Why do we find it so hard to innovate?
I had lunch with a good friend of mine recently, and our conversation veered towards the lack of innovation in the company he works for(which incidentally was mine a year ago). We had some thoughts on the subject, and on my way back to work, I kept wondering why we didn't have world-class innovations from India, particularly in the software field in which we're supposed to be so strong. There are a few reasons we all know - don't we? As software engineers, we are trained to write software that implements a spec. We are trained to re-use, to borrow readily available code/design, and to think in patterns. None of which are characteristics that encourage innovation. There is also our education system, my favourite whipping boy for everything that is wrong in the software field. We are not encouraged to tinker, we are not encouraged to find our own answers - instead, we learn, by heart, answers handed down to us. What better way to kill the innovative spirit?
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The Ancestor's Tale
This is another "wow" book by Richard Dawkins. I'd read his Selfish Gene, Extended Phenotype, Unweaving the Rainbow earlier, and this is a wonderful progression of Dawkins' talent. The Ancestors Tale recounts the story of evolution, going back in time to trace the lineage of the human species. The book is full of facts, evidence, and anecdotes - not to mention the occasional funny diatribe against Bush, Creationists, and their ilk. As usual, Dawkins writes marvellously well, and while there are sections of the book that a non-biologist (me) may find tough to understand, they are well demarcated, and don't interrupt your understanding of the rest of book.
Dreaming in Code
I wouldn't have heard about this book by Scott Rosenberg if it wasn't for my favourite software blogger, Joel Spolsky. While Dreaming in Code is a biography of the Chandler project, it goes beyond just that, giving the reader wonderful insights into why Software is HARD. Why is it, that 50 years after the first high-level language was invented, we still don't have a language to convert requirements into code? Why is it that, 35 years after Dijkstra announced that the "Goto statement was harmful", we don't have a language that'll minimize logical errors? And why is it, to quote the immortal words of Fred Brooks, there is indeed no silver bullet in software engineering? The book revisits these questions, and asks a few more of its own. For instance, it questions the logic that software should be more like civil engineering, it describes the problem with leaky abstractions, and the undecidability of verifying software. While I don't want to say that it is in the same league as the Mythical Man-Month, it is a must read for every software engineer.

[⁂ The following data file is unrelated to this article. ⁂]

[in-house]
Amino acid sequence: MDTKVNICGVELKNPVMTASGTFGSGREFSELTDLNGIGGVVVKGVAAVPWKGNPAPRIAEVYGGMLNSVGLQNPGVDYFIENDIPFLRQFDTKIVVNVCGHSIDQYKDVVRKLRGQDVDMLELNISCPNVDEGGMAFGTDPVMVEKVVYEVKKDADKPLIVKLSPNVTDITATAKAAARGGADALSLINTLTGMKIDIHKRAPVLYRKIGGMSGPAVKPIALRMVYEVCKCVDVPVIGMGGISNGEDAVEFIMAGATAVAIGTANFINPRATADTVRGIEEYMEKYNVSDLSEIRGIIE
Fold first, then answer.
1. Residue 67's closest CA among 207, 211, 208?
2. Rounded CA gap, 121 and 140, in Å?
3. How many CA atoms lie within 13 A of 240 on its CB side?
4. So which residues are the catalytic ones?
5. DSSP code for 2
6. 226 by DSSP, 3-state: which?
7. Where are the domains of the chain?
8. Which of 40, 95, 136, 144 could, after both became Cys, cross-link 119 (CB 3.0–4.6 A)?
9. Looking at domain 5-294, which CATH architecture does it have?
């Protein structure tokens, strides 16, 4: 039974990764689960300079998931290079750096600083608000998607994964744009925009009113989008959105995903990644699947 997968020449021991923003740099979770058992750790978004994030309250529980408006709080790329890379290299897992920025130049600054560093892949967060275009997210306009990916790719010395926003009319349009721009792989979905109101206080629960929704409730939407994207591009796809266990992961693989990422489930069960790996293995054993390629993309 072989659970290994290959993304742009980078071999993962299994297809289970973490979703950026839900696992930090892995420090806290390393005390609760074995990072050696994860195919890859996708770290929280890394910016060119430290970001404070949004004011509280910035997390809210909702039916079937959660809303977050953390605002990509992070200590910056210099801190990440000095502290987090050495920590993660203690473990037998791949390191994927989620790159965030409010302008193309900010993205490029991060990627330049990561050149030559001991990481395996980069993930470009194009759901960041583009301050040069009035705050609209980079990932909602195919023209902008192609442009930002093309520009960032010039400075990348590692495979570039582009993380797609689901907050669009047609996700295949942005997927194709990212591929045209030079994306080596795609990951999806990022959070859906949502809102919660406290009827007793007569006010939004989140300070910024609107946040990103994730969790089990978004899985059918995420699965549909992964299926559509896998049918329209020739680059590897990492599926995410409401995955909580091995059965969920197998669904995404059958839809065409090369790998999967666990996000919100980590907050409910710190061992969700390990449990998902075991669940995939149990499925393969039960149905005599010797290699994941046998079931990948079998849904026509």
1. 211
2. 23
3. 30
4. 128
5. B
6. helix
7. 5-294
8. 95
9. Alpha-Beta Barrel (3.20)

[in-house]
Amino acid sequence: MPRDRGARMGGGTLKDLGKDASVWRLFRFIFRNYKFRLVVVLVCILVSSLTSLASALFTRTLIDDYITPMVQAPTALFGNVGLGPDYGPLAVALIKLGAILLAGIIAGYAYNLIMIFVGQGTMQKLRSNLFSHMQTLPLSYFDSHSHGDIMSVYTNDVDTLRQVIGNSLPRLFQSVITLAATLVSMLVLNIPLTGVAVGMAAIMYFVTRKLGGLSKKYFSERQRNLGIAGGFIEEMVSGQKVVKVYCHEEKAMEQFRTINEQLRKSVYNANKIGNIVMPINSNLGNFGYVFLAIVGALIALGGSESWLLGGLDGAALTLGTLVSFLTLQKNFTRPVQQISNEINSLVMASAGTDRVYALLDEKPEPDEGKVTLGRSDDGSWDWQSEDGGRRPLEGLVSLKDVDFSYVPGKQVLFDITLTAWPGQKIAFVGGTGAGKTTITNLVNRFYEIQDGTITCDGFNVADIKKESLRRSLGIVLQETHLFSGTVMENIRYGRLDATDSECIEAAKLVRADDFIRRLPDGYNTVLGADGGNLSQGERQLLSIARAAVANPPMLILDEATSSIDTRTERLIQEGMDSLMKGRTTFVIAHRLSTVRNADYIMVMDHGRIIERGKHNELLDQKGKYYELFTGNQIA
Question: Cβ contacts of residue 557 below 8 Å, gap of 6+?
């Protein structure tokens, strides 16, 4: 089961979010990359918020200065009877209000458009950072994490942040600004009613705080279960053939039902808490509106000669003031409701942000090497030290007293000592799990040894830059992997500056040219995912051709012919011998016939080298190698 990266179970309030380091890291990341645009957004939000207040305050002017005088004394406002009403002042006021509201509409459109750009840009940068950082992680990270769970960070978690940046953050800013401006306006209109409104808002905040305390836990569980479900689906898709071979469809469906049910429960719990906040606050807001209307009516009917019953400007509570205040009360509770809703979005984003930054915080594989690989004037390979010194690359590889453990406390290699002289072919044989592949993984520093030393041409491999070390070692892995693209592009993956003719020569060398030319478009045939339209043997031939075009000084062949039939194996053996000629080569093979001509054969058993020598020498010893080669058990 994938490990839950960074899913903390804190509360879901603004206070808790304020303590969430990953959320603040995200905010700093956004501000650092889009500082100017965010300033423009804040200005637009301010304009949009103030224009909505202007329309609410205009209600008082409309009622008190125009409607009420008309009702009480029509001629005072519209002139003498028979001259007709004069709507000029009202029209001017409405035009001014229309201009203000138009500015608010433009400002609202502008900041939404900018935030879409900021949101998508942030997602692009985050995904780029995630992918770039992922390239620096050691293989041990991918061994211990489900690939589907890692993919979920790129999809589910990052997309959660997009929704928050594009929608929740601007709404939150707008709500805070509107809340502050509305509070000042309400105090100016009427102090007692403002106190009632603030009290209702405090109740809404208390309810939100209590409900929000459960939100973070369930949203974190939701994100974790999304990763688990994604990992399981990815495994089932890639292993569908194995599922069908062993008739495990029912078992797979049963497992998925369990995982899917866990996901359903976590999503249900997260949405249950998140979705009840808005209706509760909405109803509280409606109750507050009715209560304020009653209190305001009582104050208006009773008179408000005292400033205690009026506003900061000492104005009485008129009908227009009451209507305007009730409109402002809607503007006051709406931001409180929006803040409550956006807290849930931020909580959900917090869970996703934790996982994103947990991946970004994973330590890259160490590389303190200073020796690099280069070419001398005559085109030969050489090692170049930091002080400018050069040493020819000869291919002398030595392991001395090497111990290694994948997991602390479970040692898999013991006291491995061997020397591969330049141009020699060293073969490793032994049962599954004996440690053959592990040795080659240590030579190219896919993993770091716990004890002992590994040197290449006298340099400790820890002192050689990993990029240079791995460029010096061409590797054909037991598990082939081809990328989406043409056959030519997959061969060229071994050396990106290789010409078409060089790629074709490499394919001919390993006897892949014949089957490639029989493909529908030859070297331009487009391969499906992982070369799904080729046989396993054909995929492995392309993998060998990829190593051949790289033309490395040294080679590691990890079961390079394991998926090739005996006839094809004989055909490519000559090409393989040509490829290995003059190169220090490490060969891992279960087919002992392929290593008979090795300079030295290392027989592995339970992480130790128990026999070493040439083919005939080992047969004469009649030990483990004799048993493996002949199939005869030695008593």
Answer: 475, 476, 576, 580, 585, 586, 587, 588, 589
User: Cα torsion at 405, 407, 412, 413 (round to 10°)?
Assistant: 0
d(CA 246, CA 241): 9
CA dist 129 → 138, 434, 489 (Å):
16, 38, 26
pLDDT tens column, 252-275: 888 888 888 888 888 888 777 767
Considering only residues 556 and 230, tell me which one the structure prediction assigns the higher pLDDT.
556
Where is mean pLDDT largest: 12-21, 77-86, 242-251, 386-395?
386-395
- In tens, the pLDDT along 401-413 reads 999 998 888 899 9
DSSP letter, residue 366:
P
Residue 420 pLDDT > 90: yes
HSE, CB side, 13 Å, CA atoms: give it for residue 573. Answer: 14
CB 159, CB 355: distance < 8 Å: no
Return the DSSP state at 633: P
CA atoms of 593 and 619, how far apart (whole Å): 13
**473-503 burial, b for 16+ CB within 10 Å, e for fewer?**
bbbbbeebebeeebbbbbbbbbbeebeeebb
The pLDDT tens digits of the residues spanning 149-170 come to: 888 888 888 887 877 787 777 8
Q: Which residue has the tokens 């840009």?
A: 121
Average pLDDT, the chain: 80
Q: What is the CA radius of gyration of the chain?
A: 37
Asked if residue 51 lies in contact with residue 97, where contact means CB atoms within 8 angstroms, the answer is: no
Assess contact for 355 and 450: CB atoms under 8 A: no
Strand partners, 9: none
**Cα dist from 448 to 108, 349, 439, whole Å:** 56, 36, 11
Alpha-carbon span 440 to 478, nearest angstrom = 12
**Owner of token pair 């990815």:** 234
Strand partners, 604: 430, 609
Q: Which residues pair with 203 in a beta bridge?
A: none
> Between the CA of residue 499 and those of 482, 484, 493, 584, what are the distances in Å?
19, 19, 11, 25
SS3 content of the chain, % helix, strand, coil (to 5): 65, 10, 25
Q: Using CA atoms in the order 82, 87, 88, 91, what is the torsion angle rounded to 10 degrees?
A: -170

Here, I want to make a small point. Software development is about people. It is not all technology. It is about people deciding to do the right thing everytime they put their hands to the keyboard. It is about embracing quality - as Harsha Bhogle eloquently describes in this video. It is about perfecting the basics - remember the "wax on, wax off" lesson from "The Karate Kid"?
Tools can only help. Ultimately, software is all about people. While you are reading this, also take a look at code reads - the collection of trend-setting articles by Scott Rosenberg.